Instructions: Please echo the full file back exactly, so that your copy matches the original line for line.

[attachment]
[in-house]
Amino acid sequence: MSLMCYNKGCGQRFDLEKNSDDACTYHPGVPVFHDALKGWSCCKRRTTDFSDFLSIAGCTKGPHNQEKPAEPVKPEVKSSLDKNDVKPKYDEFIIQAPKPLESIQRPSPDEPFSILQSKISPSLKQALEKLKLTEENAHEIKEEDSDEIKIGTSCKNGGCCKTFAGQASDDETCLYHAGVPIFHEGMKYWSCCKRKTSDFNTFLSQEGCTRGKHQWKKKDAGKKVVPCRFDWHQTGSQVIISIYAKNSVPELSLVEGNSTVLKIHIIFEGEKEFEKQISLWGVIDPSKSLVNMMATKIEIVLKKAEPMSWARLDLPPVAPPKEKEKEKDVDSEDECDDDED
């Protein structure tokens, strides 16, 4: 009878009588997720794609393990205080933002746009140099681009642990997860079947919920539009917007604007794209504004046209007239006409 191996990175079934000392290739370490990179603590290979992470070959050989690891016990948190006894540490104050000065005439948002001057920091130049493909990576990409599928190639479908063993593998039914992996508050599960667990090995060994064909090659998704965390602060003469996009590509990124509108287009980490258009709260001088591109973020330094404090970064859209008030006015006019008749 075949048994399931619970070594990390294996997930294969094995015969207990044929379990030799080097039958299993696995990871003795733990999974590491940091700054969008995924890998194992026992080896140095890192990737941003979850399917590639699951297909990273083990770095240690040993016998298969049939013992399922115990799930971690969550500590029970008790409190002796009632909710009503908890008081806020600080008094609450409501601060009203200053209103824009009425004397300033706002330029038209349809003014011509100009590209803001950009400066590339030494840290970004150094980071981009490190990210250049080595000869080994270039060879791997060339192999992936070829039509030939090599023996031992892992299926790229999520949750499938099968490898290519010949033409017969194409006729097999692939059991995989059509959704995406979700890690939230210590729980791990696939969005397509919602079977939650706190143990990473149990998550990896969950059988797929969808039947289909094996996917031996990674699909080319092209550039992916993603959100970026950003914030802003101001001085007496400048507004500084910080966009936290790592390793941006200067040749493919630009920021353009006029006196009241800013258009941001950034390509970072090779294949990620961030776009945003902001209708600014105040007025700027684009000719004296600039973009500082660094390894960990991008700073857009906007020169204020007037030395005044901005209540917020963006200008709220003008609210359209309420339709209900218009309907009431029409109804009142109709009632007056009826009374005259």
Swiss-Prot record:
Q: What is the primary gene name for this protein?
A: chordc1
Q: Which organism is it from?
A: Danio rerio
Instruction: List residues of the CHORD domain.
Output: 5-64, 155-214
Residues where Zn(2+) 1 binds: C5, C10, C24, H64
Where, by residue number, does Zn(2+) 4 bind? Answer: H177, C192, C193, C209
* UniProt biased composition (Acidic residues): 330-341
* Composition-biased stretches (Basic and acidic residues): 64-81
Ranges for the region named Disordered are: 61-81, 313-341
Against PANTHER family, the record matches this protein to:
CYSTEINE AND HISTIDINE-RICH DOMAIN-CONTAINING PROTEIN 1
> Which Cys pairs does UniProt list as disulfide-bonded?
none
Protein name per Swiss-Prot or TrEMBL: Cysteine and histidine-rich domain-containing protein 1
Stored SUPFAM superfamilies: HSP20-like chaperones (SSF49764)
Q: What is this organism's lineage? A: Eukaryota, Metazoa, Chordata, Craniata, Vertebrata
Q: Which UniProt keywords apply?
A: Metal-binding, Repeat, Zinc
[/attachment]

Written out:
[in-house]
Amino acid sequence: MSLMCYNKGCGQRFDLEKNSDDACTYHPGVPVFHDALKGWSCCKRRTTDFSDFLSIAGCTKGPHNQEKPAEPVKPEVKSSLDKNDVKPKYDEFIIQAPKPLESIQRPSPDEPFSILQSKISPSLKQALEKLKLTEENAHEIKEEDSDEIKIGTSCKNGGCCKTFAGQASDDETCLYHAGVPIFHEGMKYWSCCKRKTSDFNTFLSQEGCTRGKHQWKKKDAGKKVVPCRFDWHQTGSQVIISIYAKNSVPELSLVEGNSTVLKIHIIFEGEKEFEKQISLWGVIDPSKSLVNMMATKIEIVLKKAEPMSWARLDLPPVAPPKEKEKEKDVDSEDECDDDED
């Protein structure tokens, strides 16, 4: 009878009588997720794609393990205080933002746009140099681009642990997860079947919920539009917007604007794209504004046209007239006409 191996990175079934000392290739370490990179603590290979992470070959050989690891016990948190006894540490104050000065005439948002001057920091130049493909990576990409599928190639479908063993593998039914992996508050599960667990090995060994064909090659998704965390602060003469996009590509990124509108287009980490258009709260001088591109973020330094404090970064859209008030006015006019008749 075949048994399931619970070594990390294996997930294969094995015969207990044929379990030799080097039958299993696995990871003795733990999974590491940091700054969008995924890998194992026992080896140095890192990737941003979850399917590639699951297909990273083990770095240690040993016998298969049939013992399922115990799930971690969550500590029970008790409190002796009632909710009503908890008081806020600080008094609450409501601060009203200053209103824009009425004397300033706002330029038209349809003014011509100009590209803001950009400066590339030494840290970004150094980071981009490190990210250049080595000869080994270039060879791997060339192999992936070829039509030939090599023996031992892992299926790229999520949750499938099968490898290519010949033409017969194409006729097999692939059991995989059509959704995406979700890690939230210590729980791990696939969005397509919602079977939650706190143990990473149990998550990896969950059988797929969808039947289909094996996917031996990674699909080319092209550039992916993603959100970026950003914030802003101001001085007496400048507004500084910080966009936290790592390793941006200067040749493919630009920021353009006029006196009241800013258009941001950034390509970072090779294949990620961030776009945003902001209708600014105040007025700027684009000719004296600039973009500082660094390894960990991008700073857009906007020169204020007037030395005044901005209540917020963006200008709220003008609210359209309420339709209900218009309907009431029409109804009142109709009632007056009826009374005259």
Swiss-Prot record:
Q: What is the primary gene name for this protein?
A: chordc1
Q: Which organism is it from?
A: Danio rerio
Instruction: List residues of the CHORD domain.
Output: 5-64, 155-214
Residues where Zn(2+) 1 binds: C5, C10, C24, H64
Where, by residue number, does Zn(2+) 4 bind? Answer: H177, C192, C193, C209
* UniProt biased composition (Acidic residues): 330-341
* Composition-biased stretches (Basic and acidic residues): 64-81
Ranges for the region named Disordered are: 61-81, 313-341
Against PANTHER family, the record matches this protein to:
CYSTEINE AND HISTIDINE-RICH DOMAIN-CONTAINING PROTEIN 1
> Which Cys pairs does UniProt list as disulfide-bonded?
none
Protein name per Swiss-Prot or TrEMBL: Cysteine and histidine-rich domain-containing protein 1
Stored SUPFAM superfamilies: HSP20-like chaperones (SSF49764)
Q: What is this organism's lineage? A: Eukaryota, Metazoa, Chordata, Craniata, Vertebrata
Q: Which UniProt keywords apply?
A: Metal-binding, Repeat, Zinc